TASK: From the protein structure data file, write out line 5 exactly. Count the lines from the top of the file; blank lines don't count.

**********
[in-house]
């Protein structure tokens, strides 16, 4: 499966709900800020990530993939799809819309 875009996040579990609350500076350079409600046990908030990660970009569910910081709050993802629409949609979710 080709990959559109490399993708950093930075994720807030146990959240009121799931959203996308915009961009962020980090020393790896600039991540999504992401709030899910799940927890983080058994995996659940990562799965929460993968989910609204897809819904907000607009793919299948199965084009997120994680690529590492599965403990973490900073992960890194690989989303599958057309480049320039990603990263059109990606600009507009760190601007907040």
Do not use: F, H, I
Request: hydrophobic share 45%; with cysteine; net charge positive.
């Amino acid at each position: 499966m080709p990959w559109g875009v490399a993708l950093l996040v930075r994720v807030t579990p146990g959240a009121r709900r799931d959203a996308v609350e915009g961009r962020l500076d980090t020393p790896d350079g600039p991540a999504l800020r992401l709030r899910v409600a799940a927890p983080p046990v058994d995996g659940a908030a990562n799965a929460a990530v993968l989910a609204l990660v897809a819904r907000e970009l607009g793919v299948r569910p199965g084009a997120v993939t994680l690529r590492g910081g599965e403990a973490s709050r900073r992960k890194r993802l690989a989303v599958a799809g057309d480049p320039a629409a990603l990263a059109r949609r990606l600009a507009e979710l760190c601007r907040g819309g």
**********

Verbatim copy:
């Amino acid at each position: 499966m080709p990959w559109g875009v490399a993708l950093l996040v930075r994720v807030t579990p146990g959240a009121r709900r799931d959203a996308v609350e915009g961009r962020l500076d980090t020393p790896d350079g600039p991540a999504l800020r992401l709030r899910v409600a799940a927890p983080p046990v058994d995996g659940a908030a990562n799965a929460a990530v993968l989910a609204l990660v897809a819904r907000e970009l607009g793919v299948r569910p199965g084009a997120v993939t994680l690529r590492g910081g599965e403990a973490s709050r900073r992960k890194r993802l690989a989303v599958a799809g057309d480049p320039a629409a990603l990263a059109r949609r990606l600009a507009e979710l760190c601007r907040g819309g």